What to Watch This Week: Integrating the SDGs into Business Strategy

A recent webinar from Sustainable Brands listens to corporate leaders discuss implementing the Sustainable Development Goals into their brands, with themes of “collaboration” and “purpose”.

StartingUpGood Magazine
6 min readSep 7, 2017


Sustainable Brands (SB) believes that the UN’s Sustainable Development Goals are an important framework for sustainability and value creation. Last month, SB hosted a webinar called, “Bewildered by the UN SDGs? Corporate Leaders Share Benefits of Integrating the Goals into Your Brand Strategy”. Featured speakers included Claus Stig Pedersen, Head of Corporate Sustainability at Novozymes; Charlene Wall-Warren, Director of Sustainability at BASF; and James Sullivan, Head of the Global Sustainability Center of Excellence at SAP.

Tamay Kiper, SB’s Sustainability Projects Manager, kicked off the conversation with an overview of the findings from a recent survey of SB’s member companies. Of the 39 member companies surveyed (representing 63% of SB’s corporate member network), 67% said they are actively addressing the SDGs.

SB Member Companies contributing to the SDGs

The Goals most frequently addressed are:

  1. Goal 13: Climate Action
  2. Goal 6: Clean Water and Sanitation
  3. Goal 8: Decent Work and Economic Growth

Least frequently addressed Goals are:

  1. Goal 1: No Poverty
  2. Goal 16: Peace, Justice and Strong Institutions
  3. Goal 10: Reduced Inequalities

Interestingly, of the member companies that are addressing the SDGs, only about half — 56% — are involved in partnerships with NGOs.

The three most common approaches to addressing the SDGs are:

  1. Setting goals that are consistent with the SDGs
  2. Educating or engaging employees
  3. Incorporating into business plans

The least common approach is educating suppliers.

Claus Stig Pedersen followed with his description of Novozymes’ sustainability journey, which began in 2000 when Novo was split into three independent companies. In the beginning, sustainability was all about managing Novozymes’ brand reputation. In 2009, the company began to think about how it could support its customers’ brands with sustainability. Then in 2015, sustainability became aligned with the UN’s Global Goals.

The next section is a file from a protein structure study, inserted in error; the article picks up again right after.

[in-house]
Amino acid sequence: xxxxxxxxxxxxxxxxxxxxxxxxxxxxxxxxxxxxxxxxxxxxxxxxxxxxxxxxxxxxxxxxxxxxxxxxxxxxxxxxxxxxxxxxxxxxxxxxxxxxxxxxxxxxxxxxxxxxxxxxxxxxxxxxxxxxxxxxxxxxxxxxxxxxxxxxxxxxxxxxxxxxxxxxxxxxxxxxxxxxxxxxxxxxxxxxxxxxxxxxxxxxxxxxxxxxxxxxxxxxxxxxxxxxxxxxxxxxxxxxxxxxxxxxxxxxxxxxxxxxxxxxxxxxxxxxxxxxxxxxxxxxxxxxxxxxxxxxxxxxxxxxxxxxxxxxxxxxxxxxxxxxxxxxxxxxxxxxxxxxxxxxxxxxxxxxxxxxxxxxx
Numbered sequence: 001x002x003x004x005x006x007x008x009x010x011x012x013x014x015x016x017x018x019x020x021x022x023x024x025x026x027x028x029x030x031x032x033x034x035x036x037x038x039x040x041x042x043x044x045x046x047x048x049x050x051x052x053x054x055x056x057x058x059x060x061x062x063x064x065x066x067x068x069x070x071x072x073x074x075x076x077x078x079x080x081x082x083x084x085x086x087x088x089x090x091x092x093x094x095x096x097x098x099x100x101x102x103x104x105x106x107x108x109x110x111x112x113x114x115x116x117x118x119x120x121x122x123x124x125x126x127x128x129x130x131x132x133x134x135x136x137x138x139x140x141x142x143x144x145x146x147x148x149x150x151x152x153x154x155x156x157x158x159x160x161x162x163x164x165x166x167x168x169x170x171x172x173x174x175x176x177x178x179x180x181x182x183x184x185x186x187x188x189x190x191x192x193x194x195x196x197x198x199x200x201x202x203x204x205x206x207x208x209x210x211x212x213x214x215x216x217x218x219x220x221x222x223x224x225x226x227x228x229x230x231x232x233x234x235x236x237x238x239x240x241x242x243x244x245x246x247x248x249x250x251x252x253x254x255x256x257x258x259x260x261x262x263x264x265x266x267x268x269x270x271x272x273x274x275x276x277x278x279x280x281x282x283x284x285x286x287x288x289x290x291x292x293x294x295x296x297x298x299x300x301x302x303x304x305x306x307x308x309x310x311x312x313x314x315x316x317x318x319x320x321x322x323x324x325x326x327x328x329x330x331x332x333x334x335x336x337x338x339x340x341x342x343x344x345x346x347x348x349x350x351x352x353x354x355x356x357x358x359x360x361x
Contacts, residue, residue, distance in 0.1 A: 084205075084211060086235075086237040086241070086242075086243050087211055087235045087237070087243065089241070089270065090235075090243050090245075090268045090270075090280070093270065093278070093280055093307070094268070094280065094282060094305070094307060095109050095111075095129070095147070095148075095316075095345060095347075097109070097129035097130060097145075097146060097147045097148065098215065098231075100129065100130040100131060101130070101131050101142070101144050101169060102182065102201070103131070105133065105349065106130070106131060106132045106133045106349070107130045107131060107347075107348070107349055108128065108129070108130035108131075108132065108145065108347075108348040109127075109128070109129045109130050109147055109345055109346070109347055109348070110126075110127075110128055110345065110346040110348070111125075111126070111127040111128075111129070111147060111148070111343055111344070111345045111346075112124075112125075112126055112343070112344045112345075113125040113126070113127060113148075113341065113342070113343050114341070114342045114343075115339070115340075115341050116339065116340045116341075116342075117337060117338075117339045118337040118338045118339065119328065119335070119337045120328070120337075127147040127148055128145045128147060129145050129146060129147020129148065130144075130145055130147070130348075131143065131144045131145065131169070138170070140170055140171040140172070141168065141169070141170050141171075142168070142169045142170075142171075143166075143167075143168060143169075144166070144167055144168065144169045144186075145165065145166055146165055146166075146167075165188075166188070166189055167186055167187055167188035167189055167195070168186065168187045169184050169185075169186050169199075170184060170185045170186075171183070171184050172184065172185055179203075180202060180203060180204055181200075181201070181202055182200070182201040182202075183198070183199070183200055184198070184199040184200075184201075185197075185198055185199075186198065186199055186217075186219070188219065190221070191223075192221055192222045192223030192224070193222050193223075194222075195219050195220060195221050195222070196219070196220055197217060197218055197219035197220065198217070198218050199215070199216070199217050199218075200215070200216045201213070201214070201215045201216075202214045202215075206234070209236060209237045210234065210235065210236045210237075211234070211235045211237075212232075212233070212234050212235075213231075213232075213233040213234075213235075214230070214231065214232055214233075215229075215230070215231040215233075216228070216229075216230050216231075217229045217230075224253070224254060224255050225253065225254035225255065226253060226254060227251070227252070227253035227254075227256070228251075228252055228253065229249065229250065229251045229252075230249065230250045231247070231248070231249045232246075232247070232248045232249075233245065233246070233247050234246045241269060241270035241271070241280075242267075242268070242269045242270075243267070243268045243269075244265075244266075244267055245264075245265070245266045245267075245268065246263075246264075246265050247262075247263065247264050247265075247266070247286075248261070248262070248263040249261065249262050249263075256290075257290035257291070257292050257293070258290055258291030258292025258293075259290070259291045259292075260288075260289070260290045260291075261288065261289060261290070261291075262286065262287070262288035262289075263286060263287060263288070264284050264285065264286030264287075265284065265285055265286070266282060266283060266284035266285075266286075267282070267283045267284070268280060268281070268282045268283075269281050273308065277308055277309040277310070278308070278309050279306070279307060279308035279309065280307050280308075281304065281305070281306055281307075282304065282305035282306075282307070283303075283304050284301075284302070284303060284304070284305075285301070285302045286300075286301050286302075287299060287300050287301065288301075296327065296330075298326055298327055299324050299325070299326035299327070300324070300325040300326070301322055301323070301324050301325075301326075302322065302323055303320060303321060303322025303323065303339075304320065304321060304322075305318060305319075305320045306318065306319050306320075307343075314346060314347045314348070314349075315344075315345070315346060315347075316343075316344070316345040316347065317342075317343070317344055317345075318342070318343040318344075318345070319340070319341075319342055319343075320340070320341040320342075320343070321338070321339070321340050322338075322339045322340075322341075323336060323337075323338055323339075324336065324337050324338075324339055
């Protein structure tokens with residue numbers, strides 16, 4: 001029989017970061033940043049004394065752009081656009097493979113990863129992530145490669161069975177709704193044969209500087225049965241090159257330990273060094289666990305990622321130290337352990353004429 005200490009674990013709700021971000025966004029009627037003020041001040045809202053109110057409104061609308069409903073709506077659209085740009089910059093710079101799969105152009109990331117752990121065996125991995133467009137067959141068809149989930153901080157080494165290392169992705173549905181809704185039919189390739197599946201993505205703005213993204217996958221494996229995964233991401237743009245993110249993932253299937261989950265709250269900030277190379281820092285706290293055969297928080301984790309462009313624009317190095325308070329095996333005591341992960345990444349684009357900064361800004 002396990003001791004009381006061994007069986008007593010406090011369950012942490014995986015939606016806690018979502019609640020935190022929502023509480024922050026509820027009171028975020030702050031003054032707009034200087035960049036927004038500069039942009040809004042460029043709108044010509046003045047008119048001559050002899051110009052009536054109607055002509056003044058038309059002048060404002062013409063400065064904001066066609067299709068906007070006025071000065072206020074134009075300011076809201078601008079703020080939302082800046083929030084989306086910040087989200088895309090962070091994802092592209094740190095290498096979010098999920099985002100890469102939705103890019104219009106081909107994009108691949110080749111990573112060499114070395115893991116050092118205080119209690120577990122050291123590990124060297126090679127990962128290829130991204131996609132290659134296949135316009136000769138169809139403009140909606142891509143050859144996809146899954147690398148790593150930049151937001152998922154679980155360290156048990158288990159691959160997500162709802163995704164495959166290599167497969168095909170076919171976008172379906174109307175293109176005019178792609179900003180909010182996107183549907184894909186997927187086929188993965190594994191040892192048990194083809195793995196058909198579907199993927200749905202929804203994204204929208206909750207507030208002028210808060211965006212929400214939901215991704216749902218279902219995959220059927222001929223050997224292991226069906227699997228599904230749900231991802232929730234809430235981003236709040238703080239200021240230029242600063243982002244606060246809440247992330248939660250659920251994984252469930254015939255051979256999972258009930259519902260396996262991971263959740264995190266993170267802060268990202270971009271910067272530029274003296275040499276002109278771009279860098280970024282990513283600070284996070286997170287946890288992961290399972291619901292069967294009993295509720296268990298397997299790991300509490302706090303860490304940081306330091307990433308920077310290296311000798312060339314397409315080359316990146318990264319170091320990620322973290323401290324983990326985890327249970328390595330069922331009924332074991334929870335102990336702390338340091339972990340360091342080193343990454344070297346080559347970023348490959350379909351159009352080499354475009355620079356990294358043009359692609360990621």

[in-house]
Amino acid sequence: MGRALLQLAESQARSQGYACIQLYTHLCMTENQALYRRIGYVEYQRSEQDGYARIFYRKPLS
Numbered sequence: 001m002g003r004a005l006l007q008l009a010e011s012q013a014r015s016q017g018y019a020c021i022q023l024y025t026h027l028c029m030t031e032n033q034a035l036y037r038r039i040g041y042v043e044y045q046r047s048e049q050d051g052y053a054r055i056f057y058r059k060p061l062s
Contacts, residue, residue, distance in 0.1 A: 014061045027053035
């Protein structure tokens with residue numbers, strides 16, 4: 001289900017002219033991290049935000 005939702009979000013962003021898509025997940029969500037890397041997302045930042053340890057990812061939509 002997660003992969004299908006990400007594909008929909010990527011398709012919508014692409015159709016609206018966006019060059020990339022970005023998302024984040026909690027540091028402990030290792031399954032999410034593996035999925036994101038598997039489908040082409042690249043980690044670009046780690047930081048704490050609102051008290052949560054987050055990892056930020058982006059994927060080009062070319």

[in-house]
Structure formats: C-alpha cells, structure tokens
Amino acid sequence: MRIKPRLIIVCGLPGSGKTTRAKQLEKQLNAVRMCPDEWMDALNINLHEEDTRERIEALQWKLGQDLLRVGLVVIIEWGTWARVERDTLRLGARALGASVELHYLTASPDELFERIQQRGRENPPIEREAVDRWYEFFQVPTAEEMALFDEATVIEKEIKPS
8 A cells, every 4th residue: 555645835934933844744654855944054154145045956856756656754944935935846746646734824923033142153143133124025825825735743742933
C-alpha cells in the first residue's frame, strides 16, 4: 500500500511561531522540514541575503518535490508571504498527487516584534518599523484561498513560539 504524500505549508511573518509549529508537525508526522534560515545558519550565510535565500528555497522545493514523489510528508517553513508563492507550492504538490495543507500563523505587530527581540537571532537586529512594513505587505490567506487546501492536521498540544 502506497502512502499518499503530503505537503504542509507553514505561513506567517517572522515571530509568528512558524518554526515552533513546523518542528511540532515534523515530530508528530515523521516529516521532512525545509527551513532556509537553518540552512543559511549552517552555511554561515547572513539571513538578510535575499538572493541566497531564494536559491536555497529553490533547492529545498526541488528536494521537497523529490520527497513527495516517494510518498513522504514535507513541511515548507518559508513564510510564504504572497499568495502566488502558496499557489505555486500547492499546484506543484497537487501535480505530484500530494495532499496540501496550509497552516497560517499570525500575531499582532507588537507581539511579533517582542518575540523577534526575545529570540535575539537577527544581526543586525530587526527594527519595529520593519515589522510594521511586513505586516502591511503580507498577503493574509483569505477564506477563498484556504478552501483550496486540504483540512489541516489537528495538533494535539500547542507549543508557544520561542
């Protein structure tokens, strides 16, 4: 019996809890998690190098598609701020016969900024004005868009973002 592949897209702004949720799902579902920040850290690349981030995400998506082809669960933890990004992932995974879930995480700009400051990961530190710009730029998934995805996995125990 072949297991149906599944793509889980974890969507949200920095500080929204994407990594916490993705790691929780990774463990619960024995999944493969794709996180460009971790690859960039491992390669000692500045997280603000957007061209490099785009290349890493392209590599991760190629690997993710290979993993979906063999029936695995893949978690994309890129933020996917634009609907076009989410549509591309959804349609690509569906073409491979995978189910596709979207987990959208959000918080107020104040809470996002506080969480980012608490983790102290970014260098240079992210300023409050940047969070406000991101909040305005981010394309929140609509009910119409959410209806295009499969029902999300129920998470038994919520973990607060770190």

However, Novozymes’ SDG integration actually began in 2012, when the company was involved in the development of the Global Goals. The UN’s desire for company involvement was a change from the previous Millennium Development Goals and gave companies the ability to help create goals that were relevant, meaningful and actionable. In 2014 Novozymes used the draft goals to inspire its plan. Today, the company’s purpose is sustainability.

To further operationalize the SDGs, Novozymes developed 15 impact categories from the 169 targets, with tools to assess and connect Novozymes solutions to Global Goal impact.

This innovation pipeline (pictured below) demonstrates the link between business development and the SDGs. The company uses its tools to understand which of the opportunities in the pipeline are most promising in reaching the Global Goals and, therefore, represent the best prospects for business development and growth. Novozymes also considers how to attract partners — policy makers, influencers, etc. — who can can accelerate solutions and help bring them to market with speed.

Novozymes’ Innovation Pipeline

Mr. Pedersen concluded:

“We believe the Global Goals are going to rise a big wave of change in the coming decades… that will influence the markets, what consumers want, and therefore, what successful brands look like.”